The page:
Frontier Airlines' Employees Get $10 for Each Oversized Carry-On They Charge
By Yehudit Garmaise
While airlines differ in what they allow passengers to bring on board, some airport workers are incentivized by receiving bonuses for every overweight and oversized baggage that is charged, claimed Dyana Villa, a journalist from Salt Lake City, Utah, after she was charged $100 for trying to bring two bulky carry-ons on her flight from Ronald Reagan National Airport in Washington, DC, to Denver, Colorado.
An unidentified flight attendant who works for Frontier Airlines, which is known for offering fares at ultra-low costs, for instance, revealed that employees receive a $10 bonus $100 fee they charge for oversized baggage, said Villa, the New York Post reported.
The practice to incentivize employees to charge customers who carry oversize bags $100 fees at Frontier airlines was revealed when Villa was told her carry-on bags did not meet the airline’s size requirements and would not fit in the overhead compartment, nor under her seat.
Villa claimed that her pink carry-on bag “fit perfectly fine,” when she was asked to put in it the measuring bin at the gate in Washington, DC, but Frontier employees told the Independent that she had another bulky carry-on item that she did not video, nor mention.
After Villa was told her two bags combined were together too big to count as the one free carry-on item the airline allows, she was informed she would not be able to board the plane unless she paid up.
When two other passengers were also charged $100 for their bags Frontier claimed were oversized, Villa posted a series of videos on social media of herself and another passenger arguing with Frontier employees and asking viewers to sign a petition to “stop Frontier Airlines from overcharging passengers.”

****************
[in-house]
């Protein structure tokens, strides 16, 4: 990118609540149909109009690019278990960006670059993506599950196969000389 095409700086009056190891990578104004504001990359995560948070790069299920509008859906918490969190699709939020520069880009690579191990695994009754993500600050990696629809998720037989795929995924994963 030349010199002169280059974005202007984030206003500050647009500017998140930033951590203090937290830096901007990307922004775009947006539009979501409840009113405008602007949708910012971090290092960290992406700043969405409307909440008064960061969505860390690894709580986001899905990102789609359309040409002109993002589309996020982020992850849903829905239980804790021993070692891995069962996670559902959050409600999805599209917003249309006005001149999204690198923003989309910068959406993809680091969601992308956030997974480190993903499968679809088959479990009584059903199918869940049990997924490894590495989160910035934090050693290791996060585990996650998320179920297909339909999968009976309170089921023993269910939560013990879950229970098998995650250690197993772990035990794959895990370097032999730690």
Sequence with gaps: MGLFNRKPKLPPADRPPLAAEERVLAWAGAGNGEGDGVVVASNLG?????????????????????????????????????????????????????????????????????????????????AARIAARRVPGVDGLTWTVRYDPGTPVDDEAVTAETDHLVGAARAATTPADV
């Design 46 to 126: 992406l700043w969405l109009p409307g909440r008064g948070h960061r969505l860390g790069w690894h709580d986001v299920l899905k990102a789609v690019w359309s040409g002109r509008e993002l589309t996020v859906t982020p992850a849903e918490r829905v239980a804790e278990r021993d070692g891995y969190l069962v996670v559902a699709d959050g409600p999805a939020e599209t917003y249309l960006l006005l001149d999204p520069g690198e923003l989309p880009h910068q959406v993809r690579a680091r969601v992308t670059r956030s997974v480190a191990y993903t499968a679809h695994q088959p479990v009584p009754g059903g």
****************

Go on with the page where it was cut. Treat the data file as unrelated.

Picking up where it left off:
One passenger who refused to pay the $100 “had to throw her personal belongings in trash in order to fly because they closed the gate on us,” complained Villa who finally paid her fee.
When Villa tried to get on her connecting flight in Denver to Salt Lake City, however, she was not allowed to board because of the inflammatory video she had posted about Frontier Airlines.
The bonus is “simply an incentive for our airport customer service agents to help ensure compliance with our policies and that all customers are treated equally,” a Frontier employee told the Independent.
Like all airlines, Frontier lists its luggage requirements on its website, which all travelers should check before considering what to pack on upcoming trips.
“Carry-on bags can be no larger than 24 inches tall, 10 inches wide, 16 inches long: including handles, wheels, and straps, and no heavier than 35 pounds,” Frontier clearly says on its website about the single carry-on item passengers are allowed to store on board their flights.